African leaders decry unfair deals by international financial institutions with Africa

“The global financing architecture is impotent to tackling the debt crisis, especially in developing countries and in Africa, in the face of COVID-19, climate change and Russia-Ukrainian crisis.


African leaders have decried the failure of the Global Financial Architecture (GFA) which has impacted negatively on the economies of many developing countries on the continent.

The Leaders, however, called for a total overhaul of the Global financial architecture to ensure effective growth on the continent

They spoke at the ongoing 2023 Annual General Meetings of the African Development Bank (AfDB) Group in Sharm El Sheikh on Tuesday.

According to them, international financial institutions have not been rational in their dealings with developing countries on the continent and called for a review of terms of dealings.

President of the AfDB Group, Akinwumi Adesina,  said the global financial architecture was failing Africa and developing countries as they faced multiple global challenges.

According to Adesina, the global financial architecture needs to be modified to tackle more effectively global challenges and to accelerate the achievements of the Sustainable Development Goals (SDGs).

“Basically, we must query the ability of global financial architecture to serve the needs of the world, especially the needs of the developing world like Africa.

“Africa alone will need 1.3 trillion dollars annually to achieve its SDGs needs by 2030.

“In addition, Africa requires 144 billion dollars a year to recover from the effect of the COVID- 19 pandemic to retrieve their economies back.

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“Today, Africa faces three major challenges, COVID, climate and conflict and the solution to these challenges is finance..’’

 According to him, GFA needs to tackle climate change which differs from the economies of Africa.

The president said: “Africa contributes just three percent of global warming, yet it is facing devastating effects that cost it between seven to 15 billion dollars in losses yearly.

“Africa will need 2.7 trillion dollars to bridge the gap by 2030, yet the global financial architecture provides only three percent of global climate finance for Africa.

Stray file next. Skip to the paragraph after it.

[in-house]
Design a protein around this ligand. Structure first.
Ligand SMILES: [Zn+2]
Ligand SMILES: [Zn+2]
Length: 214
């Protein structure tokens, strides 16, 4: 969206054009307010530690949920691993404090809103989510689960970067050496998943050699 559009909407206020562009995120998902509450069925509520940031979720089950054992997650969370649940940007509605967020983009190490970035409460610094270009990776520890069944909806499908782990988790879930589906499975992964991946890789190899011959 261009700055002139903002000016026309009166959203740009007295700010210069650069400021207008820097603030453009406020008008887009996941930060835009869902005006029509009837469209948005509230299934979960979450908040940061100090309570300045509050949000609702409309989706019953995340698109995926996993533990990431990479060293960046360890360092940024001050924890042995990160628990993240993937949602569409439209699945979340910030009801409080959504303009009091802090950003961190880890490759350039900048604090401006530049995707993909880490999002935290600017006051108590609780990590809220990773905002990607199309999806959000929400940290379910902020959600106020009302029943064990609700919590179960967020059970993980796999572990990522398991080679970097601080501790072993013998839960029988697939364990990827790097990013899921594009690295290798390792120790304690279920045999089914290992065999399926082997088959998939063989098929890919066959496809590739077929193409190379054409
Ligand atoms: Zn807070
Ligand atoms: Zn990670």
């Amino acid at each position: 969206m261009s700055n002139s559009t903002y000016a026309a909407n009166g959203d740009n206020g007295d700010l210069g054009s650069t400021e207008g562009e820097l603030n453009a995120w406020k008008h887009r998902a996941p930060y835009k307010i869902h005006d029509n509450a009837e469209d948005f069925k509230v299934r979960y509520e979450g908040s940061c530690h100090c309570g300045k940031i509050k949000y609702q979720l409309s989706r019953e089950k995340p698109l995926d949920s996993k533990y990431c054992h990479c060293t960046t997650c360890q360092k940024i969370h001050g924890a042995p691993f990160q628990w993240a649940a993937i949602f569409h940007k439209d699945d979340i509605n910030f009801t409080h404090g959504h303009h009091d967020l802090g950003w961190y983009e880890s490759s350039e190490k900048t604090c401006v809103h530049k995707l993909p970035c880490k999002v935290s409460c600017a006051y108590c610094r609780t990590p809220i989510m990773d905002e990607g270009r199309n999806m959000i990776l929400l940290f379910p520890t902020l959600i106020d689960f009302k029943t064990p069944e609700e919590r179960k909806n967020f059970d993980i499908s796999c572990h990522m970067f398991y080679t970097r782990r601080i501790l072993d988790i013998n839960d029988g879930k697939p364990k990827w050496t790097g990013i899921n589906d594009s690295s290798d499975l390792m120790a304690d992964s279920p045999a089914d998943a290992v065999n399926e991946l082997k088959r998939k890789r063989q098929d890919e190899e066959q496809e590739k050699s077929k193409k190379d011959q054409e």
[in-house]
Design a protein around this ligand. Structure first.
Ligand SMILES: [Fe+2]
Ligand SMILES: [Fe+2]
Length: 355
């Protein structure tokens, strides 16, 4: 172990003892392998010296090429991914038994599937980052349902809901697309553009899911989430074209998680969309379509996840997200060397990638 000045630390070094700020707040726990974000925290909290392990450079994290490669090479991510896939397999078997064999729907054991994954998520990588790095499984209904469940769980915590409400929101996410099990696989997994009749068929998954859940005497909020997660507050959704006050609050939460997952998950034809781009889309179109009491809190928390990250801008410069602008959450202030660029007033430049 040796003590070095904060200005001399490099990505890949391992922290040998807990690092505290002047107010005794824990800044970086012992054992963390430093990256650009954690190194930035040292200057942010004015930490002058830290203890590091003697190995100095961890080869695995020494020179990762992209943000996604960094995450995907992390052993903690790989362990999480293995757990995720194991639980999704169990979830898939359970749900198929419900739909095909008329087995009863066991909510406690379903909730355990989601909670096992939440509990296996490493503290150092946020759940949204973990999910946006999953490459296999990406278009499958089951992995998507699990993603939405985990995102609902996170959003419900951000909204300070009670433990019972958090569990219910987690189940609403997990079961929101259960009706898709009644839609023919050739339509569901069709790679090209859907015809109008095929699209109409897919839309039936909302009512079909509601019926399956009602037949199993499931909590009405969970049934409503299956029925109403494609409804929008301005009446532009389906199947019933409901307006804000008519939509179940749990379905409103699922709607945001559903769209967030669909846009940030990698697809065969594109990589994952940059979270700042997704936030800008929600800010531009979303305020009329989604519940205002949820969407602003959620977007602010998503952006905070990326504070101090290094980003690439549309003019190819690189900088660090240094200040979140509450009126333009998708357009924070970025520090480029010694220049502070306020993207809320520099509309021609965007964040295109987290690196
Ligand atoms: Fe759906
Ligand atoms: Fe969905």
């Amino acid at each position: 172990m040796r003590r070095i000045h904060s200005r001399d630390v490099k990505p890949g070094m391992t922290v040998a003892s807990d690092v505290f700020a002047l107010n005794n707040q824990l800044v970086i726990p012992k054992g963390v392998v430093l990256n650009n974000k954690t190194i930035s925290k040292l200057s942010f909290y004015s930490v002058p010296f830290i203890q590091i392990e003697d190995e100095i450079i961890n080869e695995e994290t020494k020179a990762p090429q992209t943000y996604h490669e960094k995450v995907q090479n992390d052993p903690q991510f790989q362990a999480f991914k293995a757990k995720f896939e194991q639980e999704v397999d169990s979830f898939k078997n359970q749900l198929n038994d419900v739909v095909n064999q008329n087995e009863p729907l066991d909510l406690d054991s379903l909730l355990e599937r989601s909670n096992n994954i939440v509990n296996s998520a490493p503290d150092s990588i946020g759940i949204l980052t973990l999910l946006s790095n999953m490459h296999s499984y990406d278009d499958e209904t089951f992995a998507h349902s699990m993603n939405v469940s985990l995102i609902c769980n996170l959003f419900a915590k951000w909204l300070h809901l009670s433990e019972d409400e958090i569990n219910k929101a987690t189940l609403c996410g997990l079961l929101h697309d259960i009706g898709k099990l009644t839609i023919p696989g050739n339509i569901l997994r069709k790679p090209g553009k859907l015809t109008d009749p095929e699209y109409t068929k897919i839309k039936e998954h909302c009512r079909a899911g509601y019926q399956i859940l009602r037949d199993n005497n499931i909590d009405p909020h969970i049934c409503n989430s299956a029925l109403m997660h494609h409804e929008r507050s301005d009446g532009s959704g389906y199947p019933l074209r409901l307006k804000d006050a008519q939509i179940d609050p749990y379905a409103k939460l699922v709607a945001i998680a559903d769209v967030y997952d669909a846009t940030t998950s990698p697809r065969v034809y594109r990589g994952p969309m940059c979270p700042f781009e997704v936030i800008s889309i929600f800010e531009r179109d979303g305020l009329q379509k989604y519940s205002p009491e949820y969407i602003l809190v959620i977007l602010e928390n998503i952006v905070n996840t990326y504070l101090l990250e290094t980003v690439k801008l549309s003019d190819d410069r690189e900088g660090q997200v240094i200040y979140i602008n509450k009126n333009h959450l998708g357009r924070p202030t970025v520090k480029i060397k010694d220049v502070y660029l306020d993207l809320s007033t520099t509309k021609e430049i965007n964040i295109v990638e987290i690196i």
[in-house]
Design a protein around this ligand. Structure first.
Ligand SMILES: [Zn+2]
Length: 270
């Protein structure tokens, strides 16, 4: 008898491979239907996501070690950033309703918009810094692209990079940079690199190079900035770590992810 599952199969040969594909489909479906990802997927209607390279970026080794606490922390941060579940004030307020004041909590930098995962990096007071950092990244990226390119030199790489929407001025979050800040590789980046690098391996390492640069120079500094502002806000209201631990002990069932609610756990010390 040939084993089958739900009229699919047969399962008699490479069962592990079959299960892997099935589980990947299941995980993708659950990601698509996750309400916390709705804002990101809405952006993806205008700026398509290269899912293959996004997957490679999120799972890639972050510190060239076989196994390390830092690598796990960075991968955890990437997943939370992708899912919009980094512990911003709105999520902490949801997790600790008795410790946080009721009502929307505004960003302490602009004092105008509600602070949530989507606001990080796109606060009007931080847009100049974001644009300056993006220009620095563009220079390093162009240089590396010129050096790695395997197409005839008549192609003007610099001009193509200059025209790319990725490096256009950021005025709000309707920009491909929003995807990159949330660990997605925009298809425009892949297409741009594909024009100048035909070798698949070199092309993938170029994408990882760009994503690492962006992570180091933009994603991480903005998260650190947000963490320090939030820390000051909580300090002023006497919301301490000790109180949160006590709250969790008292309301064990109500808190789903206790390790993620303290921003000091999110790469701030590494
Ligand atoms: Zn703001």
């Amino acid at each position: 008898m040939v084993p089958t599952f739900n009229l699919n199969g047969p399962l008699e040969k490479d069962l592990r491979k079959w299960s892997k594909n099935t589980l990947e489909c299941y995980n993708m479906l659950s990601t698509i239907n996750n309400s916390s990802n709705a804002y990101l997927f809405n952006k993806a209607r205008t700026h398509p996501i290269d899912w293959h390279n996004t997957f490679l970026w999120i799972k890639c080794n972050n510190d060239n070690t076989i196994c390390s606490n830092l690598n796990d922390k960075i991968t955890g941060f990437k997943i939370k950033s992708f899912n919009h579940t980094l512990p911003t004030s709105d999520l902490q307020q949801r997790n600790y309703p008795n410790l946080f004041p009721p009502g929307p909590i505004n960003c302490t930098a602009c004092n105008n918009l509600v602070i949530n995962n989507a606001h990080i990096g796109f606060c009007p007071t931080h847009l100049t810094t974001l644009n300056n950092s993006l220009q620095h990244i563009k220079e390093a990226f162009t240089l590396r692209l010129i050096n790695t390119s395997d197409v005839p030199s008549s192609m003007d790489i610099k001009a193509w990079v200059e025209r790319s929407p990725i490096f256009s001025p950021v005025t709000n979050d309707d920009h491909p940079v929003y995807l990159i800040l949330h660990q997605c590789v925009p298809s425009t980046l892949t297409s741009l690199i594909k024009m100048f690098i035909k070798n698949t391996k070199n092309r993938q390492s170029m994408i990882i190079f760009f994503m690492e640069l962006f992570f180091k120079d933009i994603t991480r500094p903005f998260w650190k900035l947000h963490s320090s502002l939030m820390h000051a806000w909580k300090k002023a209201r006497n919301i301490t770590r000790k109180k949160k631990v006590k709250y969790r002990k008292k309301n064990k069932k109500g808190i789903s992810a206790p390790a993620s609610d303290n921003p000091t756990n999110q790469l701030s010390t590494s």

“ Africa received about 18 billion dollars annually in climate financing between 2016 and 2019.

“The global financing architecture is impotent to tackling the debt crisis, especially in developing countries and in Africa, in the face of COVID-19, climate change and Russia-Ukrainian crisis.

Adesina said Africa’s debt levels still remained high and efforts to restructure the debt had changed dramatically.

“While bilateral debt accounts for 27 percent of debt compared to 52 percent in 2000, commercial debt now accounts for 43 percent of total debt, compared to just 20 percent in 2000. ‘’ he said.

The Vice President of the Republic of Tanzania, Dr Isdor Mpango, reiterated the need to revisit the architecture of the GFA, especially with new sets of challenges facing the continent.

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Mpango said:“We need to review the lending terms and focus on delivering of SDGs. We need to review the policy conditions of multilateral Financial Institutions.

“Capital base on the continent should be increased to match the huge demands of developing countries.

“The Multilateral Financial Institutions should ensure to accelerate funding sources which are highly inadequate and their support is aligned to national priorities.

“ They should also support homegrown financial institutions among others to drive the economies on the continent.”

The Egypt Prime Minister, Mostafa Madbouly, emphasised a change in the perception of  countries on the continent.

He said:“ Africa should not only be source of resources but a contributor to development and an active ingredient to growth.

“Africa pays heavy price in the effect of global pandemic because we have found ourselves in the circle of climate change effect.

“Therefore, it is high time the world sees Africa as a priority when it comes to developmental projects.”

The prime minister said African countries should be realistic in seeing their success and work together for the growth of the continent.

Similarly, the Prime Minister of Rwanda, Dr Edouard Ngirente, also reiterated the need for collaboration among countries on the continent.

“All African countries are targets in terms of development, we need to cooperate, promote and help each other to achieve development on the content,’’ he said.

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Meanwhile, the Burundu Prime Minister, Gervais Ndirakobuca,  called on countries on the continent to ensure food security as this was instrumental to the development of Africa.

Also speaking, the UAE Special Envoy on Climate Change, Dr Sultan Al-Jaber, expressed the Emirates’ commitment to supporting climate finance to Africa.

BRANDPOWER reports that the AfDB Annual Meetings which began on May 22 would end on May 26.